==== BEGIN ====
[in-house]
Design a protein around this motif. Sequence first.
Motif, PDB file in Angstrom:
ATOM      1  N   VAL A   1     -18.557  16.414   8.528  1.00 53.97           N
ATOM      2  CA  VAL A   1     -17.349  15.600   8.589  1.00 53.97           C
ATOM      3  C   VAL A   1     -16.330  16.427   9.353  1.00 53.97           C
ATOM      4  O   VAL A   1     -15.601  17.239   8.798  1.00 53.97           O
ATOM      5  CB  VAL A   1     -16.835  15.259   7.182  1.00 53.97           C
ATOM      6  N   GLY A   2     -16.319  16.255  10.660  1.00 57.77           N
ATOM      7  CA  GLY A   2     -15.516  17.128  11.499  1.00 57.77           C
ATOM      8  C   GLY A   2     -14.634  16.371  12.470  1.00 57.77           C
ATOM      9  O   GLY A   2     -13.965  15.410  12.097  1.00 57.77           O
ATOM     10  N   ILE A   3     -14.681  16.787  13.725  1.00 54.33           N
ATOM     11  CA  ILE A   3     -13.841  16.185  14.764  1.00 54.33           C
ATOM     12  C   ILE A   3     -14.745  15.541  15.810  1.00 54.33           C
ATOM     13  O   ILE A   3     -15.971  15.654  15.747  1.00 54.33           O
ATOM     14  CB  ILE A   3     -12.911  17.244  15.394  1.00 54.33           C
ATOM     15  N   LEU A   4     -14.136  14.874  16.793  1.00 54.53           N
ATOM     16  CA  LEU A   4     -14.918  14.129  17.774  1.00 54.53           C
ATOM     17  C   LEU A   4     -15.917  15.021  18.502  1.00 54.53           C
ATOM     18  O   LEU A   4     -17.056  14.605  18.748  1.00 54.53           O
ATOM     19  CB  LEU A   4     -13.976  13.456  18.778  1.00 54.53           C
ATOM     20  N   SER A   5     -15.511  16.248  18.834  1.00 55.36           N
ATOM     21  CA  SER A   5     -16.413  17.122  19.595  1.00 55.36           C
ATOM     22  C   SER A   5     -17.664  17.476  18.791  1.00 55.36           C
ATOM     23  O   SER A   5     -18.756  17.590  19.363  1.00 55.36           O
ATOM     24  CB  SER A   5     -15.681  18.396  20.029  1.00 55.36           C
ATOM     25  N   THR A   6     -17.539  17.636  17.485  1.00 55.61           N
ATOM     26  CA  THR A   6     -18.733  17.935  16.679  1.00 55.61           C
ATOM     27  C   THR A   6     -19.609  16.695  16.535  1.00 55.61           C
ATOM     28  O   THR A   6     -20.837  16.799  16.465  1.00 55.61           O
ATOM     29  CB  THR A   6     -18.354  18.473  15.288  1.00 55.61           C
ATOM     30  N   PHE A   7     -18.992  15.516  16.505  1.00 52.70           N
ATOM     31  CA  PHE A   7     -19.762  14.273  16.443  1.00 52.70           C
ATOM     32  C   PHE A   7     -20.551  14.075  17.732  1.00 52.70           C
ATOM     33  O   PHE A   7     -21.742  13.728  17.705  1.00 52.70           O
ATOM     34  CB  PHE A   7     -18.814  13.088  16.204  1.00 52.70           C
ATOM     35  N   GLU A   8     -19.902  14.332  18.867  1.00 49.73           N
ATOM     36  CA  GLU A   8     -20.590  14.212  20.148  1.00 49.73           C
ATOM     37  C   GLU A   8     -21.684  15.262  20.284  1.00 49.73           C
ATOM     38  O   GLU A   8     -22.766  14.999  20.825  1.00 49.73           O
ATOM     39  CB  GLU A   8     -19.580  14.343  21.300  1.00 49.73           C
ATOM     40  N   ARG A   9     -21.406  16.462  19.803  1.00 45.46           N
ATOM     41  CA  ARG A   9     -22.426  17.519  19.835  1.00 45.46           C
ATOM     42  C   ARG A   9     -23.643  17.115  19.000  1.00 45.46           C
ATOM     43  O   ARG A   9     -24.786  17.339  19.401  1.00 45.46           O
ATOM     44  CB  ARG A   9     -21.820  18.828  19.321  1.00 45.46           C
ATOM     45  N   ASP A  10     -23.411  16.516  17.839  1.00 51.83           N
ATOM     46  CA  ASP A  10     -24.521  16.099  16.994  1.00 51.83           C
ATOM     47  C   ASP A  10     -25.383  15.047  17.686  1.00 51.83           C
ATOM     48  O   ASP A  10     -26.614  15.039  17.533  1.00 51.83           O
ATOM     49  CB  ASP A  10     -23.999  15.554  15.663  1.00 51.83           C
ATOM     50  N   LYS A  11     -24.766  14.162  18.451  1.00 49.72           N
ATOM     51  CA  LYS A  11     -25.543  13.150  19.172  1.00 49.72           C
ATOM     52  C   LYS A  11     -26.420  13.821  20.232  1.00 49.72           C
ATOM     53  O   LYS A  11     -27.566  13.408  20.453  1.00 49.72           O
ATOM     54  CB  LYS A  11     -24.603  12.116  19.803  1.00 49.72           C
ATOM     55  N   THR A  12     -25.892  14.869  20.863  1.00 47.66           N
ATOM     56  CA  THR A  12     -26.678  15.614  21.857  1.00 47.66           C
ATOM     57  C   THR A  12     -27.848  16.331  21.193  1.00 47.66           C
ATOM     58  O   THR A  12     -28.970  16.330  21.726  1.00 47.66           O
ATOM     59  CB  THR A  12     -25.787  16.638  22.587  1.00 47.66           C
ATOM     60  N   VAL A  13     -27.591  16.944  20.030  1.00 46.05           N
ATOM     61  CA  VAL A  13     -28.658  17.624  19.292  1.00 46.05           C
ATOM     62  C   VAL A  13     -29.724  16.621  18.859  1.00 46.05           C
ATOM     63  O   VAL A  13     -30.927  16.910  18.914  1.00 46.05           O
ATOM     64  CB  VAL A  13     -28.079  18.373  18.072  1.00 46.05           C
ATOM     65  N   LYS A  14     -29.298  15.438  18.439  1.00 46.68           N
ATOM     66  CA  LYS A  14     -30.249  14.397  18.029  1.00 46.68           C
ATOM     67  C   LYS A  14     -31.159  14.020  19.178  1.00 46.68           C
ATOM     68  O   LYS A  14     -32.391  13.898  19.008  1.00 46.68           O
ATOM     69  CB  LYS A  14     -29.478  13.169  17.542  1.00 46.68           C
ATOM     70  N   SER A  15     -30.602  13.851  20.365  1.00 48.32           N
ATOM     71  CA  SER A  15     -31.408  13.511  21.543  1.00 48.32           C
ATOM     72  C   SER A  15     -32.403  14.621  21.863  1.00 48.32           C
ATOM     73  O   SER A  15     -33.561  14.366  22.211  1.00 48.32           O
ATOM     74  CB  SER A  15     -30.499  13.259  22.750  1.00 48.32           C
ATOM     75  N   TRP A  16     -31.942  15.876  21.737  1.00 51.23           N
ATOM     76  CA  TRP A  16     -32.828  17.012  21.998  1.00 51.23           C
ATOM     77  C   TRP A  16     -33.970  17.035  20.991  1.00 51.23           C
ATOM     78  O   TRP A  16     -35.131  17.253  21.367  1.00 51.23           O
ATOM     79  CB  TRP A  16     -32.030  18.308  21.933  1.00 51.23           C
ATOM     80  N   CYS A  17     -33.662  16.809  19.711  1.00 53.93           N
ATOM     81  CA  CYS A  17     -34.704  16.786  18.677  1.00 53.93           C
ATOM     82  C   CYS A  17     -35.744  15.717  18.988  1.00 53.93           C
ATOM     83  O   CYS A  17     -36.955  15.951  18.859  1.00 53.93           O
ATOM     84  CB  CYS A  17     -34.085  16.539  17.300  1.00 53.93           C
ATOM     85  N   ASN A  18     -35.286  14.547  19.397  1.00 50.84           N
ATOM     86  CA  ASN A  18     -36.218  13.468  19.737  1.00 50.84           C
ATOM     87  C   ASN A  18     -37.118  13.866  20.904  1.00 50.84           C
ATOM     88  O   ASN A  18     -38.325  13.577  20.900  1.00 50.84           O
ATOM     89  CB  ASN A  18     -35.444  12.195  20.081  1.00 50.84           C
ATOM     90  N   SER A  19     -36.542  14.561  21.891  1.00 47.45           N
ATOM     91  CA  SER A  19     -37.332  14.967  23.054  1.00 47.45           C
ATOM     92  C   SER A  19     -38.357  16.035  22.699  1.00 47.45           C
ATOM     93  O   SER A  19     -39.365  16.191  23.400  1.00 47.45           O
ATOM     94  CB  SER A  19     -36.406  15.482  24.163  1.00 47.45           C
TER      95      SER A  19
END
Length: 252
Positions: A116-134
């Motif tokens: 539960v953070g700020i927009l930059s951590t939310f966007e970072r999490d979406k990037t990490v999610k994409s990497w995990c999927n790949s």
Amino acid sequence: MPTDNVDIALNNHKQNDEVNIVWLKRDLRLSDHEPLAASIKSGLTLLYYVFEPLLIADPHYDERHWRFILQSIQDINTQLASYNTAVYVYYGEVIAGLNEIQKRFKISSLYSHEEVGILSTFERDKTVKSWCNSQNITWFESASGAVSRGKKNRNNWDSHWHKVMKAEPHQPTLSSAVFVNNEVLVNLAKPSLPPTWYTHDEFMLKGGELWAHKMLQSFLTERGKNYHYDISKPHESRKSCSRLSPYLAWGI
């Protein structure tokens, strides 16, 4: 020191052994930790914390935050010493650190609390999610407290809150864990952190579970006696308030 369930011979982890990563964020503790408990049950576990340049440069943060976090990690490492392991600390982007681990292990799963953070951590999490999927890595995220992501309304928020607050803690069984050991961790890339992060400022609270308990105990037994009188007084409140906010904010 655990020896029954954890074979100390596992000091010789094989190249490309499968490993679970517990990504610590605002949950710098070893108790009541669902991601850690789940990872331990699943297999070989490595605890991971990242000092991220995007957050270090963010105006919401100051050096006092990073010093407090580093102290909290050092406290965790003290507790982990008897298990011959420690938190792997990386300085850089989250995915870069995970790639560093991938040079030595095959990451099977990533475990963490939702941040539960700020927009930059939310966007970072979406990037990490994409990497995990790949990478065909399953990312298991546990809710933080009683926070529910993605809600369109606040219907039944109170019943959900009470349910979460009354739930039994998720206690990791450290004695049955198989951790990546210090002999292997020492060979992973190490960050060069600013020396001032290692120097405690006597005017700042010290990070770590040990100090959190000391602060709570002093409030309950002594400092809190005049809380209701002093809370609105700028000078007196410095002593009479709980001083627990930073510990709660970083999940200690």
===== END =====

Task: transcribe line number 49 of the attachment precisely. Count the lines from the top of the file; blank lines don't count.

ATOM     46  CA  ASP A  10     -24.521  16.099  16.994  1.00 51.83           C